From the Adrian Dominican Sisters' Permaculture Office
Thank you for joining us on our maiden voyage of the Permaculture Gardens enewsletter. We are thrilled to send you this premiere of our seasonal letters and for the opportunity to help you to grow in awareness of the principles and practices of permaculture. For a deeper explanation of permaculture and its principles, watch this video by Sister Carol Coston, OP.

In the 1970s, while working at NETWORK, a Catholic social justice lobby in Washington, D.C., I started my first garden. Reading Organic Gardening and Farming magazine led to my interest and research in permaculture. Sister Elise GarcĂ­a and I founded Santuario Sisterfarm to model the permaculture values and principles of "Earth Care, People Care, Fair Share." We learned to observe our site for the patterns of wind, water, and light movements and to mimic nature's example in our own planning: don't create waste, but recycle and repurpose old materials; protect soil from toxic materials; and preserve precious water. After further observations, we made more adjustments in our design. We continue to use this process here on our Adrian Dominican Motherhouse land.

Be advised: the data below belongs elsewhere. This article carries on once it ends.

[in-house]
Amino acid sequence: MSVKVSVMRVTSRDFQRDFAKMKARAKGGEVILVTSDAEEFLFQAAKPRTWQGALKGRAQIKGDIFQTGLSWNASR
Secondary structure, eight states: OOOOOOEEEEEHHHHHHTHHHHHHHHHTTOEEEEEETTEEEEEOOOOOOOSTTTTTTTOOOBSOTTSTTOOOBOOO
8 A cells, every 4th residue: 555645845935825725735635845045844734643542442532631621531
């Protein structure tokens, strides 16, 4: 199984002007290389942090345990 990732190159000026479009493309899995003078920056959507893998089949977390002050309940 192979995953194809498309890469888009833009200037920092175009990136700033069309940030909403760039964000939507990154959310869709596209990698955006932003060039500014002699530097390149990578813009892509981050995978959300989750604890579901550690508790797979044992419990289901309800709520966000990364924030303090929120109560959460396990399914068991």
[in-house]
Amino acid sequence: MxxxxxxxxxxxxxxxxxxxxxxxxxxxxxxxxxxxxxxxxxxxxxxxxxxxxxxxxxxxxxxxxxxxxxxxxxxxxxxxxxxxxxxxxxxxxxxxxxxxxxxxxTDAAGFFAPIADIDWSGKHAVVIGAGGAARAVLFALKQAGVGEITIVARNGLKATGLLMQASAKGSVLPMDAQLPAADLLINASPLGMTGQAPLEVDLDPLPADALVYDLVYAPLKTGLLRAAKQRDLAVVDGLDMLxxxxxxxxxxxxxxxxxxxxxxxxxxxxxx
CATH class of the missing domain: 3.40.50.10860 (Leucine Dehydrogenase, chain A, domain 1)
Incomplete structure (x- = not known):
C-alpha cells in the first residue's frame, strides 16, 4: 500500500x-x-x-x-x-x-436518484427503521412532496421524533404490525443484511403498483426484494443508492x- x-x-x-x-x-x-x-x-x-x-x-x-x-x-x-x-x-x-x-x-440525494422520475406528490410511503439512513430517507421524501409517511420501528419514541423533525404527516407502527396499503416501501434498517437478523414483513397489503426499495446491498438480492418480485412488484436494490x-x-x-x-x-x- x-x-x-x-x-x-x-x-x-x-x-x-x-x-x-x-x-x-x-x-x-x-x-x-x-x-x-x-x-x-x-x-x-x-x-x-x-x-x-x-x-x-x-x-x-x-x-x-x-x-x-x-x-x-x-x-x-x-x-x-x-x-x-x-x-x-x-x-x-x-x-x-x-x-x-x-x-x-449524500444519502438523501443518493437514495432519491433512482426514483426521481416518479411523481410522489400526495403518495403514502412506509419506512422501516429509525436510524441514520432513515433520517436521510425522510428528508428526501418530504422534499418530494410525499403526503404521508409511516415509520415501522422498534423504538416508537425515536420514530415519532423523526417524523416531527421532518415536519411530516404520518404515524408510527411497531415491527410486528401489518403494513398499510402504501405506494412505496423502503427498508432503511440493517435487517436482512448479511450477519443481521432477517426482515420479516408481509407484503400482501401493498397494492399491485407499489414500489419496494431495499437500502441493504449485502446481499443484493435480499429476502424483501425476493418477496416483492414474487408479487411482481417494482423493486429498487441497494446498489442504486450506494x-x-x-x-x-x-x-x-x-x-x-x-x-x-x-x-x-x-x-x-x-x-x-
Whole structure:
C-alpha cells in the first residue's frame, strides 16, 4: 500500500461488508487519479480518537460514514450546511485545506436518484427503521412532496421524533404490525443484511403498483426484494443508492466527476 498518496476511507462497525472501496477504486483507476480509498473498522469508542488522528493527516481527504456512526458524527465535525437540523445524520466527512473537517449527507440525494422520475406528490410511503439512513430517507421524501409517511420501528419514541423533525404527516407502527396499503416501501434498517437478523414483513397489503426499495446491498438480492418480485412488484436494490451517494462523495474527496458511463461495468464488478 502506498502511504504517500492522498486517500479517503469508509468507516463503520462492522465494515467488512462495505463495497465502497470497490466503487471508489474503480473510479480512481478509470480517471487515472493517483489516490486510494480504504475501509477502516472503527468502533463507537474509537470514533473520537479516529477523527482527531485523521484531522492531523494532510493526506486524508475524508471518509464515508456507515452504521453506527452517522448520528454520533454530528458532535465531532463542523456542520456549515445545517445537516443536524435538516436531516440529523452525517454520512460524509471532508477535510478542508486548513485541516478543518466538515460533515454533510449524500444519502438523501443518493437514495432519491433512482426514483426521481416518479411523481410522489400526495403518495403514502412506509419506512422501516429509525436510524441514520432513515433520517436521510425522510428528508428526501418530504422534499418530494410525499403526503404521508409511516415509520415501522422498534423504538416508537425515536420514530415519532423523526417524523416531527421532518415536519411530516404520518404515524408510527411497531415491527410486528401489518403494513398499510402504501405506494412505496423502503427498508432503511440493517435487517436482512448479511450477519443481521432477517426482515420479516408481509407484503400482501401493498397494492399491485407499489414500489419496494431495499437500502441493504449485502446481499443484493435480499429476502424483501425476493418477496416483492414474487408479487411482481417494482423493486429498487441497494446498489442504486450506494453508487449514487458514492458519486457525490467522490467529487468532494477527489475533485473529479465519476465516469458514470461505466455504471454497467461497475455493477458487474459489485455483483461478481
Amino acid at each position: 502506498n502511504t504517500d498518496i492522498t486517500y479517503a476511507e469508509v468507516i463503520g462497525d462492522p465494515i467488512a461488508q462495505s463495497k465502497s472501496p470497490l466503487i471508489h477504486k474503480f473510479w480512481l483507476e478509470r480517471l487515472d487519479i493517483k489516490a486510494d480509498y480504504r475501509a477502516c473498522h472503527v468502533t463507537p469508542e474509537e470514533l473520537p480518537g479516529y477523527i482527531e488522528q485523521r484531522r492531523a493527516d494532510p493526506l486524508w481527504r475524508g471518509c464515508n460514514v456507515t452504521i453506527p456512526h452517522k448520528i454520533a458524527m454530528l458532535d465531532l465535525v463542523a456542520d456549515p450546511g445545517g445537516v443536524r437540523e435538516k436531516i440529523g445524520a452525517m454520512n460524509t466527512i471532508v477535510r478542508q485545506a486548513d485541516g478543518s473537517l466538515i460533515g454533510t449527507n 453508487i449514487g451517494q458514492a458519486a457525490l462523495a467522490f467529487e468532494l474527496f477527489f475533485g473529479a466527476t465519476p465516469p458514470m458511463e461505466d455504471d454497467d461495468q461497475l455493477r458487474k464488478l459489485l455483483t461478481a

Sister Carol Coston, OP, Permaculture Coordinator

I've been in love with permaculture since age 5 but didn't have a name for it until 2014. It was love at first tour with Carol. As a recent graduate of Siena Heights University with a major in biology and minors in environmental science and chemistry, and as a resident at Needle Lane Farms in nearby Tipton, Michigan, I feel a deep connection to this community and the space we share.

I feel an indefatigable call to this vocation as Permaculture Specialist for the Adrian Dominican Sisters. Each day, I am involved in my life's passion. For this, I am so thankful. Gratitude of this magnitude is hard to express, but I will begin by saying a big thank you for the opportunity to share the permaculture experience with such a wonderful, caring, supportive, and all-around beautiful community!

Thank you all for reading ----  and happy growing!
Elaine Johnson, Permaculture Specialist

Our Water Story

the great lakes